Pike's Peak Gold Rush

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The Pike's Peak Gold Rush (later known as the Colorado Gold Rush) was the boom in gold prospecting and mining in the Pike's Peak Country of western Kansas Territory and southwestern Nebraska Territory of the United States that began in July 1858 and lasted until roughly the creation of the Colorado Territory on February 28, 1861. An estimated 100,000 gold seekers took part in one of the greatest gold rushes in North American history.[1] The participants in the gold rush were known as Fifty-Niners after 1859, the peak year of the rush and often used the motto Pike's Peak or Bust!



The Pike's Peak Gold Rush, which followed the California Gold Rush by approximately one decade, produced a dramatic but temporary influx of immigrants into the Pike's Peak Country of the Southern Rocky Mountains. The rush was exemplified by the slogan "Pike's Peak or Bust!", a reference to the prominent mountain at the eastern edge of the Rocky Mountains that guided many early prospectors to the region westward over the Great Plains. The prospectors provided the first major European-American population in the region. The rush created a few mining camps such as Denver City and Boulder City that would develop into cities. Many smaller camps such as Auraria and Saint Charles City were absorbed by larger camps and towns. Scores of other mining camps have faded into ghost towns, but quite a few camps such as Central City, Black Hawk, Georgetown, and Idaho Springs survive.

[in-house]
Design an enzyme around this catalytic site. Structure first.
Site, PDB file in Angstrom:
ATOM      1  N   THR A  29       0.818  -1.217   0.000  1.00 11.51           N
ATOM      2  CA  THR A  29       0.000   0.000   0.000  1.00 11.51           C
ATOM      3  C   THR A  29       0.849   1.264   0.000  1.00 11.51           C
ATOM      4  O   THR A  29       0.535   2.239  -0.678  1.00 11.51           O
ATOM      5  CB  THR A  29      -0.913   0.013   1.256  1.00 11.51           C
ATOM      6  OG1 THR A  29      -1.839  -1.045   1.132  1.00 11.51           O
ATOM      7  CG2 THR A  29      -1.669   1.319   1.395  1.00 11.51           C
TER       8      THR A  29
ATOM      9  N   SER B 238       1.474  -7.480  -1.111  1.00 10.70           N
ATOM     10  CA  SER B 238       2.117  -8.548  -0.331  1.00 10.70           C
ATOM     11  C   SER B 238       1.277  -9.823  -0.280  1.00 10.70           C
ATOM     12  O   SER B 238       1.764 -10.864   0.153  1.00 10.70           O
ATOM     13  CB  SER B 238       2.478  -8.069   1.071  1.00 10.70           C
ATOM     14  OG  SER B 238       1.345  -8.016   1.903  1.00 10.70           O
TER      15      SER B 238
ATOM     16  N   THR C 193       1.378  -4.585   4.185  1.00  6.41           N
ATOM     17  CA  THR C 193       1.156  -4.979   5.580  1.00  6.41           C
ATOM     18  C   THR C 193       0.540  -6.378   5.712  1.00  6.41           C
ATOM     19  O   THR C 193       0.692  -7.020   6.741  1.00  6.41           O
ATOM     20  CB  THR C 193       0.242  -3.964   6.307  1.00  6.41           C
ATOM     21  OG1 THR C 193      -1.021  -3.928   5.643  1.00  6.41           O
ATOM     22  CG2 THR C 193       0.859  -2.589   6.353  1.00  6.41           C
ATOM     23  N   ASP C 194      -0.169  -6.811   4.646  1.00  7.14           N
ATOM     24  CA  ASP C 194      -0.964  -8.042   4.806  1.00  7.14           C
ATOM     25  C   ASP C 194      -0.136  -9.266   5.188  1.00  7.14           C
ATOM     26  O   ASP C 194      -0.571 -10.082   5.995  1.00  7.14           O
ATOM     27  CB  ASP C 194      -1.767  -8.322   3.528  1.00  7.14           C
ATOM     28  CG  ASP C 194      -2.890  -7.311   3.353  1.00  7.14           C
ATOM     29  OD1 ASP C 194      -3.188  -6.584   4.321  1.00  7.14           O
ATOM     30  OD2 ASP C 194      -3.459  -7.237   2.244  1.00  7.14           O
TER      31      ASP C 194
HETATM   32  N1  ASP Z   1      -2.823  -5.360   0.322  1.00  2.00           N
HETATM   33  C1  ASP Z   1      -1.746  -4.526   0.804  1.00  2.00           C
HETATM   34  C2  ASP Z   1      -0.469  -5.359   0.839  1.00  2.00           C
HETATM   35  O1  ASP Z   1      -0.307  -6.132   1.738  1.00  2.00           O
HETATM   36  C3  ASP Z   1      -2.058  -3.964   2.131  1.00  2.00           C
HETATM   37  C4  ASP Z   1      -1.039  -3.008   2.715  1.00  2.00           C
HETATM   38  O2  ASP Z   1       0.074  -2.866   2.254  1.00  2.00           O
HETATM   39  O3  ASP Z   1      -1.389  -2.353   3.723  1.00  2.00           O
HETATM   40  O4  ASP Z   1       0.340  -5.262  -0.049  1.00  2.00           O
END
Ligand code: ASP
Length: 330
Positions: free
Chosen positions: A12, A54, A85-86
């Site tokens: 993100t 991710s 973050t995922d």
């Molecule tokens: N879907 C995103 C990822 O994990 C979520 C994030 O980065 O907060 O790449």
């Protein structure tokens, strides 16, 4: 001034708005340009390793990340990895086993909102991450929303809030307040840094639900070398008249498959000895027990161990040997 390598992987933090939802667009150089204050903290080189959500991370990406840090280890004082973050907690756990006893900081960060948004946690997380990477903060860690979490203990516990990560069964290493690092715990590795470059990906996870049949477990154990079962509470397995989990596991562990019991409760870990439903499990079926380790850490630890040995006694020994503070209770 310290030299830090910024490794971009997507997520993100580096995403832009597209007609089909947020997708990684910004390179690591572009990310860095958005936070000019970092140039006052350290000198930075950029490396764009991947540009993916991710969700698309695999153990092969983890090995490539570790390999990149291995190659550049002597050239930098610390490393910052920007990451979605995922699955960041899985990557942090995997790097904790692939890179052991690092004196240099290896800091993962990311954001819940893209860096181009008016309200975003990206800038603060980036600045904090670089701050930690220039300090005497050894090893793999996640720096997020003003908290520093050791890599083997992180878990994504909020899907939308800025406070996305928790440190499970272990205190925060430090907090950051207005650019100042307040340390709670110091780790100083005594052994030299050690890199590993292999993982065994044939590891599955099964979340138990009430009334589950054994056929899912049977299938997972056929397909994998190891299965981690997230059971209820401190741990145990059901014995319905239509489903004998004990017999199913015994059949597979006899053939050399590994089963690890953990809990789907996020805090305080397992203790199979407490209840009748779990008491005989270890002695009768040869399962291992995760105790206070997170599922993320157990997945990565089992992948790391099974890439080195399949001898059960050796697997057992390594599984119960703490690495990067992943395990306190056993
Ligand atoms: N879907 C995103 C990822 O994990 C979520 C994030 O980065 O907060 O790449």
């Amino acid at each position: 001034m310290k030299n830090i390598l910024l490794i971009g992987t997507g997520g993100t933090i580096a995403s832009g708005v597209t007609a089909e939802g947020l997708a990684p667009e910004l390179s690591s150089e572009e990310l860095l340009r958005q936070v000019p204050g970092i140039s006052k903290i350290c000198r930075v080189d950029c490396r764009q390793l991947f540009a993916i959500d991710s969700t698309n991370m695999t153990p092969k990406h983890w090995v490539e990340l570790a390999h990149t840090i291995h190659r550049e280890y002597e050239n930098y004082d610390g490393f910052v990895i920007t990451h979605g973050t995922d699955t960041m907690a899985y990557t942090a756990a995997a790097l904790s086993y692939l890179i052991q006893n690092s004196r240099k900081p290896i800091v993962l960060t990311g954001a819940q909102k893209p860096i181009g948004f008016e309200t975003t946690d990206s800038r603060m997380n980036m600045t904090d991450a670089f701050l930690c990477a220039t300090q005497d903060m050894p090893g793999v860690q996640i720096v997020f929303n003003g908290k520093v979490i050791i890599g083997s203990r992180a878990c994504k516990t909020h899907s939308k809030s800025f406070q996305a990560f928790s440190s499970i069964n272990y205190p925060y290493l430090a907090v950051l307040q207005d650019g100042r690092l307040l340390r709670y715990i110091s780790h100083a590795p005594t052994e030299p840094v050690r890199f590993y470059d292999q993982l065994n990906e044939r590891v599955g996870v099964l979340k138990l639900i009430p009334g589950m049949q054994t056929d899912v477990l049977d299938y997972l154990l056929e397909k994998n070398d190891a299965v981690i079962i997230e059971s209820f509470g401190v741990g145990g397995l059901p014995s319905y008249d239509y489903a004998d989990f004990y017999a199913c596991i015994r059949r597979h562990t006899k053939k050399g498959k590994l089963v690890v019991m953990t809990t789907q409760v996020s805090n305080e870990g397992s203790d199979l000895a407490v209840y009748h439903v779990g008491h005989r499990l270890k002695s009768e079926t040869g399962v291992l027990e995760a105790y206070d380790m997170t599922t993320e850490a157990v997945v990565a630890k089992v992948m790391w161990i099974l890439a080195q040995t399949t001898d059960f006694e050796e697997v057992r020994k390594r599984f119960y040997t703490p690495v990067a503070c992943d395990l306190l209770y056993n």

In 1849 and 1850, several parties of gold seekers bound for the California Gold Rush panned small amounts of gold from various streams in the South Platte River Valley at the foot of the Rocky Mountains. The Rocky Mountain gold failed to impress or delay men with visions of unlimited wealth in California, and the discoveries were not reported for several years.[2]

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